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Colorectal Neoplasia Screening With Colonoscopy in Asymptomatic Women at Regional Navy/Army Medical Centers: The CONCeRN Trial

This study has been completed.
Sponsor:
Information provided by (Responsible Party):
National Institutes of Health Clinical Center (CC) ( National Cancer Institute (NCI) )
ClinicalTrials.gov Identifier:
NCT00339950
First received: June 19, 2006
Last updated: November 11, 2014
Last verified: August 2014

June 19, 2006
November 11, 2014
February 2000
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Complete list of historical versions of study NCT00339950 on ClinicalTrials.gov Archive Site
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Colorectal Neoplasia Screening With Colonoscopy in Asymptomatic Women at Regional Navy/Army Medical Centers: The CONCeRN Trial
Diet, Other Risk Factors, Genetics and the Risk of Colorectal Neoplasia in a Screening Trial of Asymptomatic Women: A Sub-Study of the CONCeRN Trial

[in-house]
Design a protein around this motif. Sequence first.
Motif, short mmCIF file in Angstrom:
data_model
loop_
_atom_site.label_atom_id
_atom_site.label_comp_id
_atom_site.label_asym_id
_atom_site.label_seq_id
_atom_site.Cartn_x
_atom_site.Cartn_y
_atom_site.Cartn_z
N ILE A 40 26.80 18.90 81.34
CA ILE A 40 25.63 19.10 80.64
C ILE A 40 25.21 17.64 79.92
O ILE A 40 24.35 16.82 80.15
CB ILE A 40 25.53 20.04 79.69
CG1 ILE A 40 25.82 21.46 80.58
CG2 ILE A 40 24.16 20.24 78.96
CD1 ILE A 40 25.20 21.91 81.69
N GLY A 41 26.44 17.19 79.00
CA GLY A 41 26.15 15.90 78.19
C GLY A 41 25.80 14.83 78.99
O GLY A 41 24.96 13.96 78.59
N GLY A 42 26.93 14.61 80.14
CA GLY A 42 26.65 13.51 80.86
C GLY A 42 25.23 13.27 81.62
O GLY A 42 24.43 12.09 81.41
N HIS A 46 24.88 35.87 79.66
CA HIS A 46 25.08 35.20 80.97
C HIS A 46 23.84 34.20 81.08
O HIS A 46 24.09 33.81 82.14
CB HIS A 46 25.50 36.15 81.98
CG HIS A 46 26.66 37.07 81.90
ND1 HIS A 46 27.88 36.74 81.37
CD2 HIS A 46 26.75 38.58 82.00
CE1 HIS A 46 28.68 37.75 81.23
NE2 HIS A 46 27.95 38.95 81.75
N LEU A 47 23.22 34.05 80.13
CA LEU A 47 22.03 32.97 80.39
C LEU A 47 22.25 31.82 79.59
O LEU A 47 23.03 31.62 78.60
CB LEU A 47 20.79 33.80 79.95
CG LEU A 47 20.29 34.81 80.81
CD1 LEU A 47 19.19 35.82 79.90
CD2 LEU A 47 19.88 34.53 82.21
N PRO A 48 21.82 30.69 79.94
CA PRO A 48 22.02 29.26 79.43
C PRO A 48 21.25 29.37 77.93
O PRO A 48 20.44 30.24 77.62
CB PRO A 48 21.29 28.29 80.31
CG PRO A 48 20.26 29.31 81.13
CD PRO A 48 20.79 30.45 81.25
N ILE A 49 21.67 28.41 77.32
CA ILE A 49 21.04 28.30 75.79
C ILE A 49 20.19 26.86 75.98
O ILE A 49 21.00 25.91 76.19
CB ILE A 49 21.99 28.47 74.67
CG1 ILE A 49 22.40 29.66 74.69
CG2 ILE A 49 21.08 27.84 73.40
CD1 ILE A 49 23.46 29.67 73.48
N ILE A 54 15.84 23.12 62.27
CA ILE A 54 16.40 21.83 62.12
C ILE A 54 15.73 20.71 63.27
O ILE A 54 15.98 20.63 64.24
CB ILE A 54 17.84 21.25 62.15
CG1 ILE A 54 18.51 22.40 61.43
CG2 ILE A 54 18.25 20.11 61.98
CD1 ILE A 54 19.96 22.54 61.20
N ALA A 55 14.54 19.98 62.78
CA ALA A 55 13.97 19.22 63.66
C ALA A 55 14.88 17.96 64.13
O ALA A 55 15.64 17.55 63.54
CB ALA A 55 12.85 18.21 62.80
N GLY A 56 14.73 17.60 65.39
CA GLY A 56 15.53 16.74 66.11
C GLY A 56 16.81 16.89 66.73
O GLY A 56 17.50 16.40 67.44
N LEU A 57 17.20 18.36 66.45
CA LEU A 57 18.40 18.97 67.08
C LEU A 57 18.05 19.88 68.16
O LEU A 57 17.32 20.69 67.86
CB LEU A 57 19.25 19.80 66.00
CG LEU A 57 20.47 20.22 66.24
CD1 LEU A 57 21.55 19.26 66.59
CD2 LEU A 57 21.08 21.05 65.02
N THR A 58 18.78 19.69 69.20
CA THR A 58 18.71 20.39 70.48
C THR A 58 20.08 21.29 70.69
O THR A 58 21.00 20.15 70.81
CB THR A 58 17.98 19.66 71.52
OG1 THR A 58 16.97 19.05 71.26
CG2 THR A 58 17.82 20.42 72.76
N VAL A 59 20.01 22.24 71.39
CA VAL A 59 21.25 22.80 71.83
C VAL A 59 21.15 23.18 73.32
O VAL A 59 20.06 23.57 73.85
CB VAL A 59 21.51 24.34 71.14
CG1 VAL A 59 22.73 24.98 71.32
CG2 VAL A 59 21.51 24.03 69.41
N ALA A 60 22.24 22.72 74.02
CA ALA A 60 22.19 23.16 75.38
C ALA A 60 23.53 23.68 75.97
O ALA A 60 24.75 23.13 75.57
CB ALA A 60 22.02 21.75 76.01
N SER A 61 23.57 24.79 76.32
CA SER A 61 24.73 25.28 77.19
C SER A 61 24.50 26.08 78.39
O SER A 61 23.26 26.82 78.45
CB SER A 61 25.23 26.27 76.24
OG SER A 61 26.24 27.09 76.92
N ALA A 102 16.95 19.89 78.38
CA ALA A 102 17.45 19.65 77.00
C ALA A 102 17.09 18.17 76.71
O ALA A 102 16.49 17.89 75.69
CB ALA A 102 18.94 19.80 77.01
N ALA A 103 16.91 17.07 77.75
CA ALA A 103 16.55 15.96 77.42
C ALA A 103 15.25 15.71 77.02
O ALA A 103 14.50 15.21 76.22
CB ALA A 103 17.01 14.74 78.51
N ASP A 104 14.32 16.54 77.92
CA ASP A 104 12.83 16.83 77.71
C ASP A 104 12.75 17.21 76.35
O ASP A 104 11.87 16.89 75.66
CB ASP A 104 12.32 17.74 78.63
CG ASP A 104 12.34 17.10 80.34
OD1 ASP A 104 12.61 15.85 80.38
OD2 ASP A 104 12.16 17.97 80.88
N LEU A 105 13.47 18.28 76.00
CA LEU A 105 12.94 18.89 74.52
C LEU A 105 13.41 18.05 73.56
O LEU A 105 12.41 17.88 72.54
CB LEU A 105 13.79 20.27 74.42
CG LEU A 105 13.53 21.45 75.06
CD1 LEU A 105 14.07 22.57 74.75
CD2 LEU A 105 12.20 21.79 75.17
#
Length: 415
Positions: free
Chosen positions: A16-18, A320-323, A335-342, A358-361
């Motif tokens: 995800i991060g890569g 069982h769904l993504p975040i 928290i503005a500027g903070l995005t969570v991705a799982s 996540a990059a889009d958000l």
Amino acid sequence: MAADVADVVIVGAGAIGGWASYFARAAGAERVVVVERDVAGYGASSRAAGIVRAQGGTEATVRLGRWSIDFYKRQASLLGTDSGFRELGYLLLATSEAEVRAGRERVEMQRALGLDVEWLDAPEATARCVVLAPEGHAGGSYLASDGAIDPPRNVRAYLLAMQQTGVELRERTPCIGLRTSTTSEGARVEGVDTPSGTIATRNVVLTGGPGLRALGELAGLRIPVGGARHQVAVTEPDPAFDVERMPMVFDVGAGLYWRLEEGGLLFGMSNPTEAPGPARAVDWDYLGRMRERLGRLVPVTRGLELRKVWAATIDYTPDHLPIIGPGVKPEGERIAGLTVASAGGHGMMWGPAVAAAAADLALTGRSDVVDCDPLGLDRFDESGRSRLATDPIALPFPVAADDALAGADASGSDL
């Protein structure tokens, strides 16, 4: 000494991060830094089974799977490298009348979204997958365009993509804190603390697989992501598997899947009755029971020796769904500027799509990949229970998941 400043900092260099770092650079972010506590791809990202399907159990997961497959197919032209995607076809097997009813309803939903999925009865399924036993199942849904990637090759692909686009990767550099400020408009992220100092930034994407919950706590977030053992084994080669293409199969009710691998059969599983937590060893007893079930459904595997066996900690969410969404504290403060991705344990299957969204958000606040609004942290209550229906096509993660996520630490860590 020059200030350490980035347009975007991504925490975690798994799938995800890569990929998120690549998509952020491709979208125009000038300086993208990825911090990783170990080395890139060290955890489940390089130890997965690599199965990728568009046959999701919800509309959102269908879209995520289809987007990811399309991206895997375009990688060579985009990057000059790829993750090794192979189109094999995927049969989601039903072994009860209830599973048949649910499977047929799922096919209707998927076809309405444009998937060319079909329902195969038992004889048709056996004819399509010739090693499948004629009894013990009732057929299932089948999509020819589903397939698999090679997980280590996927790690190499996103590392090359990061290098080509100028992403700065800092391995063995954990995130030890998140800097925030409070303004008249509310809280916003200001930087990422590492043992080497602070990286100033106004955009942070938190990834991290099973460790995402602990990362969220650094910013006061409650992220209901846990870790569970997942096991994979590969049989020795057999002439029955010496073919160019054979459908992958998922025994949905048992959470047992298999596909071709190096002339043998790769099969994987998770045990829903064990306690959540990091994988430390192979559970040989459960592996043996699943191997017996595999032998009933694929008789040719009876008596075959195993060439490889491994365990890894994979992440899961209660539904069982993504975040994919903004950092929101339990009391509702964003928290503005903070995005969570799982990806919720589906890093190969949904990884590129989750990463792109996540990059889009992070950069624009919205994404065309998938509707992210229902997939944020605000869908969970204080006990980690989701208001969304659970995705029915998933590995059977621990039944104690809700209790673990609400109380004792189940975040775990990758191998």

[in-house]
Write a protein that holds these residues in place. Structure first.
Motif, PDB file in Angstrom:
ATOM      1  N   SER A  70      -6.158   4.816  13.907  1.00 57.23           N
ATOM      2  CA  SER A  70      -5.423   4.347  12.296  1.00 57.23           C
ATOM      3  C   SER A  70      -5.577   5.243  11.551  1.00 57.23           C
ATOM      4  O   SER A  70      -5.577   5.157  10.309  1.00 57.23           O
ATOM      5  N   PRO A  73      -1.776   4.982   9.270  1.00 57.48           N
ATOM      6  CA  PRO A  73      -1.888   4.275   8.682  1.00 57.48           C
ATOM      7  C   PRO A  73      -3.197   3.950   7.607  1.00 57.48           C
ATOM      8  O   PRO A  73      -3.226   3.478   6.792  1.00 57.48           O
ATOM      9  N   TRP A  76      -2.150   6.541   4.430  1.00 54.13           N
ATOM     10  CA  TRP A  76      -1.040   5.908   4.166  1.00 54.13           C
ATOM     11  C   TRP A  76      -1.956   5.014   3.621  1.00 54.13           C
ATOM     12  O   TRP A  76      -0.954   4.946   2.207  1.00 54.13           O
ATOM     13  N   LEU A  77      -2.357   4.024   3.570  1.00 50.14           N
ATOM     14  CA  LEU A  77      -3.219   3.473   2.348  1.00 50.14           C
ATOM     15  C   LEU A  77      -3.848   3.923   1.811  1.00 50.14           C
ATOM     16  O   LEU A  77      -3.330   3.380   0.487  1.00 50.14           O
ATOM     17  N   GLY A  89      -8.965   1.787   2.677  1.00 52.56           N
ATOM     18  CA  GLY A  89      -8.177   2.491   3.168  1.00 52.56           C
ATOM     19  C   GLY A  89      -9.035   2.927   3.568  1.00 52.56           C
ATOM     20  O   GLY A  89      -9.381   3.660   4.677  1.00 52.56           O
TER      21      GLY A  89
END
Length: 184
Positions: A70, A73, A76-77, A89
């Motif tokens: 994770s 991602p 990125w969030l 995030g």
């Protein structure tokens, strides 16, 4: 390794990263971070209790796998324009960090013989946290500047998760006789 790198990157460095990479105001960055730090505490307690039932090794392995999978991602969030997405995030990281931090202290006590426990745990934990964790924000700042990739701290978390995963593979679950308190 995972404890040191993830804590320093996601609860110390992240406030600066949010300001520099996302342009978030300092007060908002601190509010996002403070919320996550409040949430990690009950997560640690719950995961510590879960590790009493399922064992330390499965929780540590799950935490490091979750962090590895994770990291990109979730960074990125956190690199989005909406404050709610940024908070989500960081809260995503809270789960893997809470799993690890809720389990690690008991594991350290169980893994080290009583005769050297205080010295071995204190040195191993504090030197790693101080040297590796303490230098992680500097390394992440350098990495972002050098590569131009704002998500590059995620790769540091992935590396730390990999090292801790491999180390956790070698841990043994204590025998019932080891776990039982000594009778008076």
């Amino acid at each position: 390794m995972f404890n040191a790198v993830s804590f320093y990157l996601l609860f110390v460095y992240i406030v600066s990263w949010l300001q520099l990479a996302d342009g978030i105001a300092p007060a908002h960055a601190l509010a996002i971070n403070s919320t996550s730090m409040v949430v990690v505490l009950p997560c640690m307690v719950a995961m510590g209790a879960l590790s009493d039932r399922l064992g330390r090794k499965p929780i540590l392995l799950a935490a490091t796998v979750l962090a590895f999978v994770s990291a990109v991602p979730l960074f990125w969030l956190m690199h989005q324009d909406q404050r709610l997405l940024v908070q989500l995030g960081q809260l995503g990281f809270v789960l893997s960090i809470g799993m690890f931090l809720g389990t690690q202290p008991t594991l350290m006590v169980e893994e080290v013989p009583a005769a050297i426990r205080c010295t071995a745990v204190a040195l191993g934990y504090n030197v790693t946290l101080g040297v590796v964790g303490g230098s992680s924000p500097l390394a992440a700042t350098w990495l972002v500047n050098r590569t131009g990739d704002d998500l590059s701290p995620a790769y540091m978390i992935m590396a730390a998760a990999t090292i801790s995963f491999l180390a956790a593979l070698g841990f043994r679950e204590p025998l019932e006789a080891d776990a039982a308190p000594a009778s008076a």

The CONCeRN Trial is a multi-center study of asymptomatic women between the ages of 40 and 75 referred to regional military medical centers for routine colorectal screening. The primary purpose of the main study is to determine the extent to which advanced neoplastic lesions will be missed if clinicians only perform sigmoidoscopies rather than full colonoscopies as a screening procedure and to resolve current debate about the significance of sigmoidoscopic detection of single, small, tubular adenomas (i.e., do they imply greater risk for large adenomatous polyps or colorectal cancer at other sites beyond the reach of the sigmoidoscope, or is there no increased risk?). Women enrolled in the trial receive colonoscopy during which all identified polyps are removed and also during which two pinch biopsies of apparently-normal tissue are taken. In addition, before the colonoscopy is performed, patients wil have blood drawn and answer a brief questionnaire on risk factors for colorectal cancer. The sub-study proposes to add on a more extensive questionnaire to assess dietary and other lifesyle factors potentially related to colorectal cancer, and to draw additional blood for assessment of nutritional status and for analysis of genetic polymorphisms related to colorectal cancer. With the additional information available from these questionnaires and blood samples, it will be possible to explore the extent to which various dietary and genetic risk factors are related to colorectal polyps in asymptomatic women of average risk for disease.